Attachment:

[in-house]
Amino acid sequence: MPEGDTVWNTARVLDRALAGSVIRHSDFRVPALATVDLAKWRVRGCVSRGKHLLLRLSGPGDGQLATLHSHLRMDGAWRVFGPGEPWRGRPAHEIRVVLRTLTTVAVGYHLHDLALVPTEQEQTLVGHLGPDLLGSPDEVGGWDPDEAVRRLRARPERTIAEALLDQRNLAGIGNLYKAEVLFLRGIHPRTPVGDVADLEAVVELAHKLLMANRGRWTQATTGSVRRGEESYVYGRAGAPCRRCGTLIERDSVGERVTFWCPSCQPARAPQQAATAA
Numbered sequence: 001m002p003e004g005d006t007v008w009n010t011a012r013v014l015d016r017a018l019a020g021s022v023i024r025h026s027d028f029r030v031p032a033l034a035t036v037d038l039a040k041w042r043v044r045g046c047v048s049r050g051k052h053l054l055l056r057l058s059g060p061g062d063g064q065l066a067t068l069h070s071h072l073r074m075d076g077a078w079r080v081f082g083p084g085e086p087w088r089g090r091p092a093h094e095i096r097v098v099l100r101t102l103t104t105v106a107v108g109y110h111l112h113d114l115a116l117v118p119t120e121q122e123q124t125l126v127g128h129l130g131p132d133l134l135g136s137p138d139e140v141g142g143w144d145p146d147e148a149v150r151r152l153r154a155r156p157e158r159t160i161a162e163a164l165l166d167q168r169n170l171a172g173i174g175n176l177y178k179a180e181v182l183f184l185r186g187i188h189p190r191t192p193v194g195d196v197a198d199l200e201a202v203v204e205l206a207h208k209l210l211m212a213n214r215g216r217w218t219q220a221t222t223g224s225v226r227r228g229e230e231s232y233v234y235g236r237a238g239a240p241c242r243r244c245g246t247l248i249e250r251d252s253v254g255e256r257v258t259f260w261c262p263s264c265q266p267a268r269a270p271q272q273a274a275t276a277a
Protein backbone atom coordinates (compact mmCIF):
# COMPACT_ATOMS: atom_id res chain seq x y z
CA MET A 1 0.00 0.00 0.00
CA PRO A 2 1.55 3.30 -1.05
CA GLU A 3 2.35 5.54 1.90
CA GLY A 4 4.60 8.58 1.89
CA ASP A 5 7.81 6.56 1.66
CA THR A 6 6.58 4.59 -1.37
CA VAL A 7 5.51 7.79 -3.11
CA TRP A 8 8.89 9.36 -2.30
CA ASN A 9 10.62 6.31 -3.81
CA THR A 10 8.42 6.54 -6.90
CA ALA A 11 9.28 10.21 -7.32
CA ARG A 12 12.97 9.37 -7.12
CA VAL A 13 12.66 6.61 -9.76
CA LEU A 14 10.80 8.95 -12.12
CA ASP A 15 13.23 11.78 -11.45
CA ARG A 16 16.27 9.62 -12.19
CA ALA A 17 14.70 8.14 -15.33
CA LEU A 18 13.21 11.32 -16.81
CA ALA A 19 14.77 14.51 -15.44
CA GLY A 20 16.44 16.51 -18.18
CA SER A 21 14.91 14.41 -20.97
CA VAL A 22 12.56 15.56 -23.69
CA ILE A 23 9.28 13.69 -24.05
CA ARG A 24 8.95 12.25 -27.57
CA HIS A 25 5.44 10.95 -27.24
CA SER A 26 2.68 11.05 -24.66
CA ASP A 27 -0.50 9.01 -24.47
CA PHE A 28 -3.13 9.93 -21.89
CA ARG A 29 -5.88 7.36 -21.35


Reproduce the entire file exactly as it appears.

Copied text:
[in-house]
Amino acid sequence: MPEGDTVWNTARVLDRALAGSVIRHSDFRVPALATVDLAKWRVRGCVSRGKHLLLRLSGPGDGQLATLHSHLRMDGAWRVFGPGEPWRGRPAHEIRVVLRTLTTVAVGYHLHDLALVPTEQEQTLVGHLGPDLLGSPDEVGGWDPDEAVRRLRARPERTIAEALLDQRNLAGIGNLYKAEVLFLRGIHPRTPVGDVADLEAVVELAHKLLMANRGRWTQATTGSVRRGEESYVYGRAGAPCRRCGTLIERDSVGERVTFWCPSCQPARAPQQAATAA
Numbered sequence: 001m002p003e004g005d006t007v008w009n010t011a012r013v014l015d016r017a018l019a020g021s022v023i024r025h026s027d028f029r030v031p032a033l034a035t036v037d038l039a040k041w042r043v044r045g046c047v048s049r050g051k052h053l054l055l056r057l058s059g060p061g062d063g064q065l066a067t068l069h070s071h072l073r074m075d076g077a078w079r080v081f082g083p084g085e086p087w088r089g090r091p092a093h094e095i096r097v098v099l100r101t102l103t104t105v106a107v108g109y110h111l112h113d114l115a116l117v118p119t120e121q122e123q124t125l126v127g128h129l130g131p132d133l134l135g136s137p138d139e140v141g142g143w144d145p146d147e148a149v150r151r152l153r154a155r156p157e158r159t160i161a162e163a164l165l166d167q168r169n170l171a172g173i174g175n176l177y178k179a180e181v182l183f184l185r186g187i188h189p190r191t192p193v194g195d196v197a198d199l200e201a202v203v204e205l206a207h208k209l210l211m212a213n214r215g216r217w218t219q220a221t222t223g224s225v226r227r228g229e230e231s232y233v234y235g236r237a238g239a240p241c242r243r244c245g246t247l248i249e250r251d252s253v254g255e256r257v258t259f260w261c262p263s264c265q266p267a268r269a270p271q272q273a274a275t276a277a
Protein backbone atom coordinates (compact mmCIF):
# COMPACT_ATOMS: atom_id res chain seq x y z
CA MET A 1 0.00 0.00 0.00
CA PRO A 2 1.55 3.30 -1.05
CA GLU A 3 2.35 5.54 1.90
CA GLY A 4 4.60 8.58 1.89
CA ASP A 5 7.81 6.56 1.66
CA THR A 6 6.58 4.59 -1.37
CA VAL A 7 5.51 7.79 -3.11
CA TRP A 8 8.89 9.36 -2.30
CA ASN A 9 10.62 6.31 -3.81
CA THR A 10 8.42 6.54 -6.90
CA ALA A 11 9.28 10.21 -7.32
CA ARG A 12 12.97 9.37 -7.12
CA VAL A 13 12.66 6.61 -9.76
CA LEU A 14 10.80 8.95 -12.12
CA ASP A 15 13.23 11.78 -11.45
CA ARG A 16 16.27 9.62 -12.19
CA ALA A 17 14.70 8.14 -15.33
CA LEU A 18 13.21 11.32 -16.81
CA ALA A 19 14.77 14.51 -15.44
CA GLY A 20 16.44 16.51 -18.18
CA SER A 21 14.91 14.41 -20.97
CA VAL A 22 12.56 15.56 -23.69
CA ILE A 23 9.28 13.69 -24.05
CA ARG A 24 8.95 12.25 -27.57
CA HIS A 25 5.44 10.95 -27.24
CA SER A 26 2.68 11.05 -24.66
CA ASP A 27 -0.50 9.01 -24.47
CA PHE A 28 -3.13 9.93 -21.89
CA ARG A 29 -5.88 7.36 -21.35